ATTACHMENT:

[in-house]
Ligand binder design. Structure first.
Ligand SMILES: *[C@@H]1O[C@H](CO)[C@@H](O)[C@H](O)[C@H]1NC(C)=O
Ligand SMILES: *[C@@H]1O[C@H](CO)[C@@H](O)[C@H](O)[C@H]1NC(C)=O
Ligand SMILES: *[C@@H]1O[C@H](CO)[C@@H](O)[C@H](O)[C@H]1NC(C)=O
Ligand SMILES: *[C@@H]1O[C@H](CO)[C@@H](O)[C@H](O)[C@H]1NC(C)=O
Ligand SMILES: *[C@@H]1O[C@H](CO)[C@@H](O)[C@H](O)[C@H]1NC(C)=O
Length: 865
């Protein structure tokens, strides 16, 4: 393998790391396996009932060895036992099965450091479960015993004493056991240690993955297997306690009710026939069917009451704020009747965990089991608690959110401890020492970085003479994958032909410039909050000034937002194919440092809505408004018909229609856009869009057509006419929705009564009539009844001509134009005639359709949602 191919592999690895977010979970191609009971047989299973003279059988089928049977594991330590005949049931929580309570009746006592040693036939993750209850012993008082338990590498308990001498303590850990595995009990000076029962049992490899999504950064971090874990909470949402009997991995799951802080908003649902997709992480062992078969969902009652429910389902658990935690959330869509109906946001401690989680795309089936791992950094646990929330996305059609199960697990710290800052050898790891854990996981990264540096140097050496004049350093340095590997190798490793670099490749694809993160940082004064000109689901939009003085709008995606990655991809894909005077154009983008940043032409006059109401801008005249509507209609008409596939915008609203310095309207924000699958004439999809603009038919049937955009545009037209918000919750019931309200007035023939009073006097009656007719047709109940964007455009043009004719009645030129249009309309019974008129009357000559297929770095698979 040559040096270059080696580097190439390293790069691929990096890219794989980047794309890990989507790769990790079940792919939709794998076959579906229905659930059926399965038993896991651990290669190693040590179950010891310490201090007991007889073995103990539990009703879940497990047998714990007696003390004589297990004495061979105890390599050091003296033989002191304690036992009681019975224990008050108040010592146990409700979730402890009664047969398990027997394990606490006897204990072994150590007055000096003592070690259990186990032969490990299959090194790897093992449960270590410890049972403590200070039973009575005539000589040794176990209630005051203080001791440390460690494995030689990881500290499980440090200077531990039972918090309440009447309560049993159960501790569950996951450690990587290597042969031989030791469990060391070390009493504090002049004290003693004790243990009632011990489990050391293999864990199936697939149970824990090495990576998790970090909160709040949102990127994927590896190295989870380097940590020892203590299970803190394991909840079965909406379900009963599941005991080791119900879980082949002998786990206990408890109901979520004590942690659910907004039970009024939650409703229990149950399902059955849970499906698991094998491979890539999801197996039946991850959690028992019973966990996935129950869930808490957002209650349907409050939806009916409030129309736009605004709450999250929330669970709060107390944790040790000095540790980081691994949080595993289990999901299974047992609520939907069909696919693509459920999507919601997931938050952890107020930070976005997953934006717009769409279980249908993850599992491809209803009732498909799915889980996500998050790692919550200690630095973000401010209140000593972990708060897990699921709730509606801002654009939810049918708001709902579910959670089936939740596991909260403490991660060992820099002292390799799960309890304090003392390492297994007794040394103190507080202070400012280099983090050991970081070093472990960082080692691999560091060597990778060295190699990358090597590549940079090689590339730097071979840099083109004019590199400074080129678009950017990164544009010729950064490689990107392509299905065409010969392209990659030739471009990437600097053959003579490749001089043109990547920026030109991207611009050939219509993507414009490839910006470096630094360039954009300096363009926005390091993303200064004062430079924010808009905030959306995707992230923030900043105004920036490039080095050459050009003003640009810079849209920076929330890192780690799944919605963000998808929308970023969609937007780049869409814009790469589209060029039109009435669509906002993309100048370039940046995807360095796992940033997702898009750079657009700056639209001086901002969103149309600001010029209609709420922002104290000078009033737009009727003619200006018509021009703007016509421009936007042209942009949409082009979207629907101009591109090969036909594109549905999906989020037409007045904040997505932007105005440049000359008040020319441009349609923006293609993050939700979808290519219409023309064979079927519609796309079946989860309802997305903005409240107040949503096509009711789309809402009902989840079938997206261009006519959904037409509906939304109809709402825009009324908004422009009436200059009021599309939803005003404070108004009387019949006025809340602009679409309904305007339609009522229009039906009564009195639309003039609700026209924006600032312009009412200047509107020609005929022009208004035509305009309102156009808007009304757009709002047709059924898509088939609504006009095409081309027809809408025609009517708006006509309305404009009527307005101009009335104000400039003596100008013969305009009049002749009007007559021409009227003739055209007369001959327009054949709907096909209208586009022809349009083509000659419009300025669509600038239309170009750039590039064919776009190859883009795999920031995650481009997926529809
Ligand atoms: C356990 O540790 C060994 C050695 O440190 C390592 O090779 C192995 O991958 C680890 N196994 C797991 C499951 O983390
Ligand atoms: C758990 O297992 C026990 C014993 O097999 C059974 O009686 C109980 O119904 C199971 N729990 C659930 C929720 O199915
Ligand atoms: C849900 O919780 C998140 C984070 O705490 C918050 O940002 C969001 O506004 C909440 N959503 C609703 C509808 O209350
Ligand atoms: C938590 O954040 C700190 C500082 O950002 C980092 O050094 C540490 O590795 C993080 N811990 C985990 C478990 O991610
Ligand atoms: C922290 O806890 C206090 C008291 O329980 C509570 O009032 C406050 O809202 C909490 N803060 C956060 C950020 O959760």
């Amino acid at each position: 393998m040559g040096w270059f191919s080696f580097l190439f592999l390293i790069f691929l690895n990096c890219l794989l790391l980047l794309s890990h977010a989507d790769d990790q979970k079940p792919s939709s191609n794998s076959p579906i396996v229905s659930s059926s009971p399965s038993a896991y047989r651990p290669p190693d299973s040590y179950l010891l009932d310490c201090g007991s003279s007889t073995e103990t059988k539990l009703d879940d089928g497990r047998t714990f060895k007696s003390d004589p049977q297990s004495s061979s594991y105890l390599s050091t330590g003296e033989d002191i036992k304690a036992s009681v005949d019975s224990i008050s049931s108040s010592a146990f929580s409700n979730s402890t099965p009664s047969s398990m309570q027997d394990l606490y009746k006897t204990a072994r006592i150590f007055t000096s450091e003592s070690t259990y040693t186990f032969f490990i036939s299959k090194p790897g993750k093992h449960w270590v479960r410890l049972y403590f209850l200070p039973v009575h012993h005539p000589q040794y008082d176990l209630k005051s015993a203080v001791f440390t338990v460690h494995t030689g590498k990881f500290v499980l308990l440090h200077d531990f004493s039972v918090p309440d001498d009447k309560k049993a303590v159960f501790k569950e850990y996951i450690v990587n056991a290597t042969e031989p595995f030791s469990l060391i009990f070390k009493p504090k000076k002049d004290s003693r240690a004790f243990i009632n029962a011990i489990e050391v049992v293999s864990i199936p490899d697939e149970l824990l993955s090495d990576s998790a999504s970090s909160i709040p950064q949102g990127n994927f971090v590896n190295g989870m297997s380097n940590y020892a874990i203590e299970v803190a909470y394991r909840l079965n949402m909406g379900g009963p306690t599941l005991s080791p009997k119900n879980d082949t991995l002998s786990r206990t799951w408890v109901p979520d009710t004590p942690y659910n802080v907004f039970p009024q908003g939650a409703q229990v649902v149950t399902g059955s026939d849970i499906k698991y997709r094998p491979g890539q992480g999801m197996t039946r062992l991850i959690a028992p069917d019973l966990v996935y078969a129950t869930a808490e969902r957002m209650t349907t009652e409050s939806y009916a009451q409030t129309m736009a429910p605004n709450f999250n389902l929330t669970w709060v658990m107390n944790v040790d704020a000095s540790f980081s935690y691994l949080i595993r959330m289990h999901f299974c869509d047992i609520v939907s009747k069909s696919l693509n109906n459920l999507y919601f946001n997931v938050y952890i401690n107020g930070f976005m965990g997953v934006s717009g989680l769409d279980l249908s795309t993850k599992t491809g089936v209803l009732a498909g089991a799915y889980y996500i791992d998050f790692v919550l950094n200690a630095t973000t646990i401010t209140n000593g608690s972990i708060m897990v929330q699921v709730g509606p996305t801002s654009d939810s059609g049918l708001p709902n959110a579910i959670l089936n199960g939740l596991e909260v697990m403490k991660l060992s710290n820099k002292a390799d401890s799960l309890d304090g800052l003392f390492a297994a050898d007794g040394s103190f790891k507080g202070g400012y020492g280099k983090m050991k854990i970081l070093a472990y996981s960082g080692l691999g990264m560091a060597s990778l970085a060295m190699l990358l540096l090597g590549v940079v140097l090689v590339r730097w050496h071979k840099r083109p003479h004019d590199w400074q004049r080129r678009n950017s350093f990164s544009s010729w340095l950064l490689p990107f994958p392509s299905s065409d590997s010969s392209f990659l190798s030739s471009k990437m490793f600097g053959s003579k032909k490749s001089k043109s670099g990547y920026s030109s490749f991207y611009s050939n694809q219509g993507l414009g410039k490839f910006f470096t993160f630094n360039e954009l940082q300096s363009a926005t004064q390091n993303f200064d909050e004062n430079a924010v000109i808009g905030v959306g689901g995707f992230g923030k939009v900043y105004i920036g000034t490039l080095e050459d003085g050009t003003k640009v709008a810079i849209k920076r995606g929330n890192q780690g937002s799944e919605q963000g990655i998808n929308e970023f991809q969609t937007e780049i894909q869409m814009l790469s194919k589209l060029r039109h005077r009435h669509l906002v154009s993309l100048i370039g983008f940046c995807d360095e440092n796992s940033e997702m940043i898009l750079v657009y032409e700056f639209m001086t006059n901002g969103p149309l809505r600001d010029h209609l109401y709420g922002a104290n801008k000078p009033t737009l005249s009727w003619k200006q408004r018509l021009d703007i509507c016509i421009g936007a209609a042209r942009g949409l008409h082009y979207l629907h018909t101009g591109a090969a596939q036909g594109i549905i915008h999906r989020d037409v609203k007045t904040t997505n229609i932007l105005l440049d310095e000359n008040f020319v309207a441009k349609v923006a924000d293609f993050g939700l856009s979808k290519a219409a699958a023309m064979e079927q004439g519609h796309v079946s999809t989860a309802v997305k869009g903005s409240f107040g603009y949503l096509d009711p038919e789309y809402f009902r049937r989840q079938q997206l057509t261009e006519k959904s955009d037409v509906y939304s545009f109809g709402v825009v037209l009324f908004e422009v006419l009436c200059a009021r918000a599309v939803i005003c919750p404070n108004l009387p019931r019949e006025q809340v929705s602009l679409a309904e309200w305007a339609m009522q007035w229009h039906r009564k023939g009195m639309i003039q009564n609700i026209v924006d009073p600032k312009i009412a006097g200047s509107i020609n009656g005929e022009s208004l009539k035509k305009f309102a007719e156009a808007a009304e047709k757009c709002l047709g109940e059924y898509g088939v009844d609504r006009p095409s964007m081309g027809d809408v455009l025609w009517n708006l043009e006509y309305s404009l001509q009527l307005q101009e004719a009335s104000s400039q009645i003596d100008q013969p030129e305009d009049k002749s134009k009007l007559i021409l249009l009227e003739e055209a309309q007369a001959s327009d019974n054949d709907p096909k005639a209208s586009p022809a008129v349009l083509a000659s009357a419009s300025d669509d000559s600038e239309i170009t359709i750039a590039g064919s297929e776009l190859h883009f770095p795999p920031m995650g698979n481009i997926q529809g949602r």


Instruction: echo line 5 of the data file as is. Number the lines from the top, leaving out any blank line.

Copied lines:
Ligand SMILES: *[C@@H]1O[C@H](CO)[C@@H](O)[C@H](O)[C@H]1NC(C)=O